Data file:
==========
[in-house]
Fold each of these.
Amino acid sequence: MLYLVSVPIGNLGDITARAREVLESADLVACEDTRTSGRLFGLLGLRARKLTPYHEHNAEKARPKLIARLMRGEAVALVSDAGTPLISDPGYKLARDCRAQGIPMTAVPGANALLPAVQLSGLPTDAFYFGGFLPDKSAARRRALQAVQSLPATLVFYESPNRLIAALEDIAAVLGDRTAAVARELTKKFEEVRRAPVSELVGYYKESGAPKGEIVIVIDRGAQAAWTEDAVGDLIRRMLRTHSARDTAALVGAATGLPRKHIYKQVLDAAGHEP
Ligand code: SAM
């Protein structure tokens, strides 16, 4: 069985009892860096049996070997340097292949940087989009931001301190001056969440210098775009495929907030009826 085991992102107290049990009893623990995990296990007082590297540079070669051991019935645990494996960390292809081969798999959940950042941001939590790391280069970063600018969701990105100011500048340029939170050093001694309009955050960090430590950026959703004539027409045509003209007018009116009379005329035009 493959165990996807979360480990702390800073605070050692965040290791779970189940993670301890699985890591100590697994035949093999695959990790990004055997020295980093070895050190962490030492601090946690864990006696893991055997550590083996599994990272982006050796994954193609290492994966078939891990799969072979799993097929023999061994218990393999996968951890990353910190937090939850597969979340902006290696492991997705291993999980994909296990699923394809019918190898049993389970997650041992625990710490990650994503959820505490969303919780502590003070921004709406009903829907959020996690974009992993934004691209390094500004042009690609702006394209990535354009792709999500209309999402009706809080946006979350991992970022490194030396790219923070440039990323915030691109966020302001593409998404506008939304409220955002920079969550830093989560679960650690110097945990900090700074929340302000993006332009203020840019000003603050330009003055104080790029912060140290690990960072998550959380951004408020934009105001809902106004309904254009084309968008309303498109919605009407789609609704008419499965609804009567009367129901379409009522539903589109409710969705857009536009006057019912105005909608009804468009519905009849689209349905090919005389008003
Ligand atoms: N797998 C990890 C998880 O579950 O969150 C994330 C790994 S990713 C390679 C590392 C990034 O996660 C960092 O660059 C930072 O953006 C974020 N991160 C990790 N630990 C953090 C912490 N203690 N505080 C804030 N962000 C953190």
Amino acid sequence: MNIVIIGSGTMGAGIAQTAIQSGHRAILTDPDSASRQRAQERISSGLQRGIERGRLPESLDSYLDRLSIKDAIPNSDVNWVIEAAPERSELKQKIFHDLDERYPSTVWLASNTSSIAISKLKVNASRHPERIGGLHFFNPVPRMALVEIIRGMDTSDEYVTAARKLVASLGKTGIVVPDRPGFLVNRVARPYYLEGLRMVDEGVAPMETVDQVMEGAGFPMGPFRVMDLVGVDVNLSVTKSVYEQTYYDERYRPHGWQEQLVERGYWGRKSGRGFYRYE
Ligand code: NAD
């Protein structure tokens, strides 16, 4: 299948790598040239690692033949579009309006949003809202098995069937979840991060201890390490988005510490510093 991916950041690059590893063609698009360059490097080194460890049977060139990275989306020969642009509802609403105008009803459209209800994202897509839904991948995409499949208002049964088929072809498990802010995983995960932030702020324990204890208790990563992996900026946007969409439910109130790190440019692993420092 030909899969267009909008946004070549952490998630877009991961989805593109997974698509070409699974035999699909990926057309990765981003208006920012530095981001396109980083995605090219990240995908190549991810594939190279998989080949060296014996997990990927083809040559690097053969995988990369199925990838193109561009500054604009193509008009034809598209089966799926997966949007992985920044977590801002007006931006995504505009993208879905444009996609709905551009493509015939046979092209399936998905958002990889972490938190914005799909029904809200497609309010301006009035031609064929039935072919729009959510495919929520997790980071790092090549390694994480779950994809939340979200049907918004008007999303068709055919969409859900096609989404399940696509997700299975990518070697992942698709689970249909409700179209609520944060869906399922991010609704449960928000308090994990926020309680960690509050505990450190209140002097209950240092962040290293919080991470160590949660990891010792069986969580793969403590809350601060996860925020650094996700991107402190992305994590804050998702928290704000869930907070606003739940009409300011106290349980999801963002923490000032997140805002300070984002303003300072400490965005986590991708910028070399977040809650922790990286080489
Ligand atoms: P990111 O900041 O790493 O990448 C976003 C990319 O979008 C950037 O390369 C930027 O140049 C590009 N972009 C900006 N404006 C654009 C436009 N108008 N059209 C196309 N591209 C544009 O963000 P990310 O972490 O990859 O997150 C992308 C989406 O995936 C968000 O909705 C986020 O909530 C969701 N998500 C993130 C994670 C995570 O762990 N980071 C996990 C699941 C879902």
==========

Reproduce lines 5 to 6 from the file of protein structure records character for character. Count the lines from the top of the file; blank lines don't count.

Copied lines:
């Protein structure tokens, strides 16, 4: 069985009892860096049996070997340097292949940087989009931001301190001056969440210098775009495929907030009826 085991992102107290049990009893623990995990296990007082590297540079070669051991019935645990494996960390292809081969798999959940950042941001939590790391280069970063600018969701990105100011500048340029939170050093001694309009955050960090430590950026959703004539027409045509003209007018009116009379005329035009 493959165990996807979360480990702390800073605070050692965040290791779970189940993670301890699985890591100590697994035949093999695959990790990004055997020295980093070895050190962490030492601090946690864990006696893991055997550590083996599994990272982006050796994954193609290492994966078939891990799969072979799993097929023999061994218990393999996968951890990353910190937090939850597969979340902006290696492991997705291993999980994909296990699923394809019918190898049993389970997650041992625990710490990650994503959820505490969303919780502590003070921004709406009903829907959020996690974009992993934004691209390094500004042009690609702006394209990535354009792709999500209309999402009706809080946006979350991992970022490194030396790219923070440039990323915030691109966020302001593409998404506008939304409220955002920079969550830093989560679960650690110097945990900090700074929340302000993006332009203020840019000003603050330009003055104080790029912060140290690990960072998550959380951004408020934009105001809902106004309904254009084309968008309303498109919605009407789609609704008419499965609804009567009367129901379409009522539903589109409710969705857009536009006057019912105005909608009804468009519905009849689209349905090919005389008003
Ligand atoms: N797998 C990890 C998880 O579950 O969150 C994330 C790994 S990713 C390679 C590392 C990034 O996660 C960092 O660059 C930072 O953006 C974020 N991160 C990790 N630990 C953090 C912490 N203690 N505080 C804030 N962000 C953190």